"I intend to approve this settlement and I now do so as a fair, adequate, and reasonable settlement reflecting hard work and a concern for fairness by all parties," U.S. District Judge Alvin K. Hellerstein said. "It is fair in amount and fair in procedures."
The settlement involves the WTC Captive Insurance Co., the city of New York, the contractors the city hired, their subcontractors, attorneys and more than 10,000 plaintiffs alleging injuries from the World Trade Center site rescue, recovery and debris removal operations.
Christine LaSala, president and chief executive officer of WTC Captive, the not-for-profit insurance company enabled by Congress after the Sept. 11, 2001, terrorist attacks, said she was "very pleased" with the judge's ruling.
"This settlement provides plaintiffs with closure and certainty, while also reserving some funds for future claims," LaSala said. "We believe it is the best path forward for these plaintiffs, as their only other option right now is to proceed to lengthy and costly litigation with an uncertain outcome."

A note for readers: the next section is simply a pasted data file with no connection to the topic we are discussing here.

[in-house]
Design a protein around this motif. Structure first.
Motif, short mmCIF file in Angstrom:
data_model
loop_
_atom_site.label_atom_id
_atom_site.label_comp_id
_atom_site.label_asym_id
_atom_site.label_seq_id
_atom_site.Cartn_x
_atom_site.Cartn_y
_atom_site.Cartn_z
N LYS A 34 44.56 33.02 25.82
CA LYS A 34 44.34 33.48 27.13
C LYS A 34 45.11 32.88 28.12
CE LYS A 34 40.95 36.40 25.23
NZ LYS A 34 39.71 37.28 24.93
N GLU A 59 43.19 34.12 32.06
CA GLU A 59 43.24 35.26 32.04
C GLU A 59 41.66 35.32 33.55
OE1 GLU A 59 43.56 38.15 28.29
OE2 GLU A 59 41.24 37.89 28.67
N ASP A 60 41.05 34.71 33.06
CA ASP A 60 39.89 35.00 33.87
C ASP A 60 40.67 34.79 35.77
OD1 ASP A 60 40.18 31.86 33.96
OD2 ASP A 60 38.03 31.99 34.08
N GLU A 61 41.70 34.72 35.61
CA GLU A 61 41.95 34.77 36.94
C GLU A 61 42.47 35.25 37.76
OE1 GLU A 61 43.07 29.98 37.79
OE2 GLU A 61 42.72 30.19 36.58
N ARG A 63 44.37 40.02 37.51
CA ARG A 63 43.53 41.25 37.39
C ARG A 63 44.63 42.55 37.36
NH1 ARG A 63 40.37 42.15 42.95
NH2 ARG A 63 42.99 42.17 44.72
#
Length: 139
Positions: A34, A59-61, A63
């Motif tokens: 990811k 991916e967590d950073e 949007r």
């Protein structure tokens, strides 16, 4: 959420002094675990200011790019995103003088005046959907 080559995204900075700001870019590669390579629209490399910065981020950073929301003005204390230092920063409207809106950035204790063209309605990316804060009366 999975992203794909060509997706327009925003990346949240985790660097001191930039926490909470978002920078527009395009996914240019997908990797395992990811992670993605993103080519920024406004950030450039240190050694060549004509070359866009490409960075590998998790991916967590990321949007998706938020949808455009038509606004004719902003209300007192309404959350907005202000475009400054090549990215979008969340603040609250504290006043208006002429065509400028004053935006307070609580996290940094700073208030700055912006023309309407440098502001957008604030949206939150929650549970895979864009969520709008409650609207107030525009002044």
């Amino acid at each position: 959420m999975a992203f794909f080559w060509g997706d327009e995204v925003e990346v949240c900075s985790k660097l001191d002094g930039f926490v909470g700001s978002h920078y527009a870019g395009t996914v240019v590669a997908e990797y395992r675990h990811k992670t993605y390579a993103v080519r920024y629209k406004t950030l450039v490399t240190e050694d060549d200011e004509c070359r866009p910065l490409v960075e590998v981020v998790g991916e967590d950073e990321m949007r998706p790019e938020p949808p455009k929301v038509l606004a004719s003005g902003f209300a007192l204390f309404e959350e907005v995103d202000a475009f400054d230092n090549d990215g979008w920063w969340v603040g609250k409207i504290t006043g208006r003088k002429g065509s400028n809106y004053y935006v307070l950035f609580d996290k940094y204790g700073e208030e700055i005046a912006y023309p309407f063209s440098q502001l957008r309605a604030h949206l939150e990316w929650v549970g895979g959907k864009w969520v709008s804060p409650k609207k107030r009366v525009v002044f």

Hellerstein heard from both those who praised and criticized the settlement.
Candace Baker, a former New York City police officer on disability for breast cancer, asked that cancers like hers be treated the same as other types, despite a lack of evidence proving causation.
"I ask that cancers be treated the same. I ask the point system, with relation to illness, be adjusted to reflect what we endured," she said.
Under the settlement, qualifying plaintiffs will be enrolled in a special insurance policy through MetLife to provide coverage for certain blood and respiratory cancers diagnosed during the coverage period, paying a benefit of up to $100,000.
The settlement will cost the taxpayer-funded WTC Captive up to $712.5 million. Plaintiffs will have 90 days to opt into the settlement, unless that period is extended.
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